Quebec Premier Pauline Marois and her star Parti Québécois candidate Pierre Karl Péladeau are refusing to answer questions about a possible future referendum on separation. They said Thursday they would answer only questions about the PQ platform for the snap provincial election Ms. Marois called for April 6, which was rich given it was Mr. Péladeau himself who ignited the incendiary issue five days earlier by saying he was not seeking election to govern Quebec, but rather "to make Quebec a country."
As rich as the about-face was, more importantly it was telling. It signalled there is no stomach for a separation debate in Quebec, as there is not in the rest of the country, and Ms. Marois knows it even if Mr. Péladeau does not. She knows raising the sovereignty issue could cost her the majority government she covets and, with it, the slim hope the levers of power could provide to restart a sovereignty fight in the future.
It is ironic, no doubt, but Quebecers and all other Canadians should be grateful to Mr. Péladeau for his big mouth. With a single blurt he has driven a wedge between Ms. Marois and the radical wings of the PQ, while energizing federalists, in particular Quebec Liberals and their leader Philippe Couillard.
Mr. Couillard, whose campaign appeared to be going nowhere, has been transformed overnight into a man with a mission to expose PQ "illusions" separation could be painless for Quebec -- that it somehow could be more advantageous to be Quebecers rather than Canadians.
No doubt Mr. Péladeau's utterances and Ms. Marois's strategic mistake in being drawn out of her cocoon play well with the 40 per cent of Quebecers who polls find support sovereigntist aspirations, more or less. Some union leaders, for example, held their noses and welcomed the media mogul despite his union-busting record. Quebec's largest union, however, the FTQ, immediately dismissed Mr. Péladeau as "one of the worst employers Quebec has ever known."
André Pratt, the federalist editor of the influential daily La Presse, says he was happy the sovereignty issue has been brought into the open and expects the media will continue to pursue it no matter how much anxiety it creates. The reason? It forces the PQ "to be honest" about their true intentions. The more sovereignty is the issue, the less credible the PQ's new-found fiscally responsible platform appears.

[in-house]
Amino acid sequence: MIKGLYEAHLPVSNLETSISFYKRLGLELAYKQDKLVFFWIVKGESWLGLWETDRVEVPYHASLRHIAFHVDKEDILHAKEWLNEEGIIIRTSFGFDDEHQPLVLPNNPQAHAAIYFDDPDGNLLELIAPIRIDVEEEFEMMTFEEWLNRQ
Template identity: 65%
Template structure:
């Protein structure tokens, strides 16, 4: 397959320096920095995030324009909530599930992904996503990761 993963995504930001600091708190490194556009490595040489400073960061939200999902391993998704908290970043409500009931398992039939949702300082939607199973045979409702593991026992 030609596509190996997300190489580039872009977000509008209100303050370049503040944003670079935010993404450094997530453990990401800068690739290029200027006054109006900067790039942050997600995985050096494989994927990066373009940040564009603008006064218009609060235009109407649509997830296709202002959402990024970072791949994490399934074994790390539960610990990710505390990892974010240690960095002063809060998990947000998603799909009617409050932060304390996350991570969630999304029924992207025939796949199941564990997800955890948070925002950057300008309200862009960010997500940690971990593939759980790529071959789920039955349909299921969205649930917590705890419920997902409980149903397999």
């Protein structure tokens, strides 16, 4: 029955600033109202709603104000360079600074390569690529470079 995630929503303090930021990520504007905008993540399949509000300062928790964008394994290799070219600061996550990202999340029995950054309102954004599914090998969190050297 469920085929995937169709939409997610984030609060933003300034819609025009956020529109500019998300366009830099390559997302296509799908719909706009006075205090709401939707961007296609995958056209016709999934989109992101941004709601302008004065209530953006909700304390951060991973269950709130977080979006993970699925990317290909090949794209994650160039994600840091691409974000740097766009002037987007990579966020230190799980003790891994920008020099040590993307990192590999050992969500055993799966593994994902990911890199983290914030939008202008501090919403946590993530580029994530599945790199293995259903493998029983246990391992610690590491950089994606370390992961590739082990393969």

He sees the PQ is desperate to win a majority because its stalwarts are aging and their numbers relatively are shrinking because of demographic and immigration pressures. Talk about separation now threatens that chance and increases the odds of another minority government or even defeat, either of which would spell disaster for the fantasies of Ms. Marois and her fellow travellers.
In fact, as seen from Montreal, breaking the sovereigntist silence could be the kind of game-changer that confounded prognosticators in recent Alberta and British Columbia elections, and which, in the last federal election, caused an NDP breakthrough in Quebec.
Mr. Pratt senses, however, there is a growing impatience in the rest of the country with separatists. He cautions Canadians against becoming emotional, of saying or doing things the PQ can twist into evidence the rest of Canada rejects the distinct society Quebec has been recognized as being. "Stay cool and be factual, not emotional," he advises.
That is excellent advice Canadians watching the election, and who clearly value Quebec's place in Canada, should embrace. Quebec separatists are not going away any time soon. But they need power to pursue their dreams. To achieve that, they need to keep a lid on the separatist threat.
So it would seem wise to remember most Quebecers reject separatism, which is all the more reason to stay cool and talk about it openly in factual, not emotional, terms.